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The Linux operating system is the recipient of 75% of all vendor investment in open source software, according to a new report from the Harvard Business School, which also indicates that vendor support for open source is primarily motivated by boosting their proprietary offerings.
Things are changing very fast in the ODF landscape right now: Last week, Corel announced it would provide limited support by mid-2007 for ODF (open, view and edit of text only – but not save), and greater support for OOXML – presentations and spreadsheets as well as text. Yesterday, Carol Sliwa at ComputerWorld released a detailed story on Microsoft's anti-ODF lobbying in Massachusetts. Later this week, Ecma will formally vote to adopt OOXML and submit it to ISO for consideration (expect things to pick up on a number of fronts when that happens). And now we have the Novell announcement. What, as they say, does it all mean?
Simple Package management with Synaptic Package Manager
To help protect intellectual property rights and reduce costs, the State Ministry for Research and Technology is urging state institutions, and small and medium enterprises to adopt open-source software for their computers.
This year is quickly coming to a close and we are here again with what has become a yearly ritual for Phoronix. Time and time again with each NVIDIA and ATI Linux driver release we thoroughly examine the change-log as well as dissecting the performance changes through our rigorous benchmarking process. Now for this article we are retesting all of the major display drivers released this year to see how they compare as a whole and commenting on some of the most prominent advancements made throughout the year. In this article we will be examining the NVIDIA proprietary display drivers. Our ATI A Year in Review article will be published later this month after the 8.32 fglrx driver release. Without further ado, we present the NVIDIA AYiR 2006!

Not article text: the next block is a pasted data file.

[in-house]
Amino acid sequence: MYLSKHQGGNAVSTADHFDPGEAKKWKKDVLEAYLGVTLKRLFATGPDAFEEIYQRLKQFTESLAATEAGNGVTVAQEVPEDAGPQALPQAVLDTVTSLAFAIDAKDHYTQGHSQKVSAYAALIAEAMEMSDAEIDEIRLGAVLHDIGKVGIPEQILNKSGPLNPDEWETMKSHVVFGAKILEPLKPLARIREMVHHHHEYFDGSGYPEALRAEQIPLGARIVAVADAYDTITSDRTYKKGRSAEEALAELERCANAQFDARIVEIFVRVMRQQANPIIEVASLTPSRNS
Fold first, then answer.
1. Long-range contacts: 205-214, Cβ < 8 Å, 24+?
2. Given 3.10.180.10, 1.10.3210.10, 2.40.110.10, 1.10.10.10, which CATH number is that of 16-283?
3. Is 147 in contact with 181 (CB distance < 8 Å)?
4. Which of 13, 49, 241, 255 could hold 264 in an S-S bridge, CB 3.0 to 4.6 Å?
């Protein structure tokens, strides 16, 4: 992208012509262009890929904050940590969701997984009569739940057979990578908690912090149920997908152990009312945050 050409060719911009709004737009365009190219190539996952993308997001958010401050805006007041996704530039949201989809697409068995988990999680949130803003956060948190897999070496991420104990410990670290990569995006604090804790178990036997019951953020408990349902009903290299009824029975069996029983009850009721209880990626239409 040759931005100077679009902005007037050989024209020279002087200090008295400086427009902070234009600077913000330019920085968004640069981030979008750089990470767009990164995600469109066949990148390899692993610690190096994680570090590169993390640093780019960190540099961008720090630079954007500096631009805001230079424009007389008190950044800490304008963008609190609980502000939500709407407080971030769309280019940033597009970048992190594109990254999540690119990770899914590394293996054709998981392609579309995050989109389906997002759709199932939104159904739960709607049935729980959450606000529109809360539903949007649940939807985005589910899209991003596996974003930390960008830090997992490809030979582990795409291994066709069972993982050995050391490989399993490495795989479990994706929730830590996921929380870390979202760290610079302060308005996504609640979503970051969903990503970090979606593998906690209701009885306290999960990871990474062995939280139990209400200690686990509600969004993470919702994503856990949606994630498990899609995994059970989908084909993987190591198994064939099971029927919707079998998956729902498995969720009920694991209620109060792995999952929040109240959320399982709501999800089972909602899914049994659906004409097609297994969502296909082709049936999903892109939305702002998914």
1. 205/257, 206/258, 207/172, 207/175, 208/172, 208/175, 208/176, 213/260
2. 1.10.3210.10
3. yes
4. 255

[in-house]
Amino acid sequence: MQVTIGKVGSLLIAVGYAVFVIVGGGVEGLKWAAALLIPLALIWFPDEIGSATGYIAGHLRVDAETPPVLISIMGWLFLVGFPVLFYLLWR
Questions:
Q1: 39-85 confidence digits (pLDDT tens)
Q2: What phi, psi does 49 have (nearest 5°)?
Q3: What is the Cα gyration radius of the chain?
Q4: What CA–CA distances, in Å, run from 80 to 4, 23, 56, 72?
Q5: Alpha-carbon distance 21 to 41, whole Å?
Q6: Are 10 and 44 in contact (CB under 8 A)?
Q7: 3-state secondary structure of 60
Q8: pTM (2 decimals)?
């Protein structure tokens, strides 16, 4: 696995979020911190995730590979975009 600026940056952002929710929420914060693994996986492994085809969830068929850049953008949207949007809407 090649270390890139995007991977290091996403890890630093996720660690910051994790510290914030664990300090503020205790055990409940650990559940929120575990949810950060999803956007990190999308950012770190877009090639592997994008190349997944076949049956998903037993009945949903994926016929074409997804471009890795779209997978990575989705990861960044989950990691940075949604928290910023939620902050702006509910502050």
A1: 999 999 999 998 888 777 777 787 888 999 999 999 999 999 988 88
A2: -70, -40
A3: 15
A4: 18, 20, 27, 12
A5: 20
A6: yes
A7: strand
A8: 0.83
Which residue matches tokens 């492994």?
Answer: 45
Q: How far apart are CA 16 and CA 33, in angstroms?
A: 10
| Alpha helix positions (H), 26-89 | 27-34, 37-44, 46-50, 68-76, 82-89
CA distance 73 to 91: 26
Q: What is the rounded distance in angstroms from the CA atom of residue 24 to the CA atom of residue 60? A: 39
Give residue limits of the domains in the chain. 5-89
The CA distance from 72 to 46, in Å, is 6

A free and concise 40-page guide to setting up Voice over IP telephone systems using free and open source Asterisk has been released. The book, available as a download, is aimed at the developing world but is just as good for users new to VoIP.
Unix standardization efforts are ongoing. No that's not a misprint. Unix is far from dead, and efforts to provide a degree of standardization for the remaining Unix players may well be a lifeline. Then again, according to at least one analyst, new Unix standards, though important, may not necessarily be everything.
Getting help on issues related to open source projects isn't always like walking a straight line. Sure there are bug reports, mailing lists and discussion forums, but the challenge of actually getting specific local issues addressed is not a sure thing. That's the gap that OpenLogic is attempting to fill with its Expert Community program. OpenLogic is an open source stack vendor that provides certified open source solutions and support for a collection of over 160 projects.
I'll admit it; the concept of finding a road that meets in the middle with regards to RPM and DEB packages has crossed my mind before. And yet in the end, I decided to let it go. After all, I’m not all that convinced that it will ever happen anyway.
Metropolitan Health Group switches to Asterisk to speed up delivery and saves a healthy packet. "Asterisk makes us master of our own destiny," says thrilled IT manager.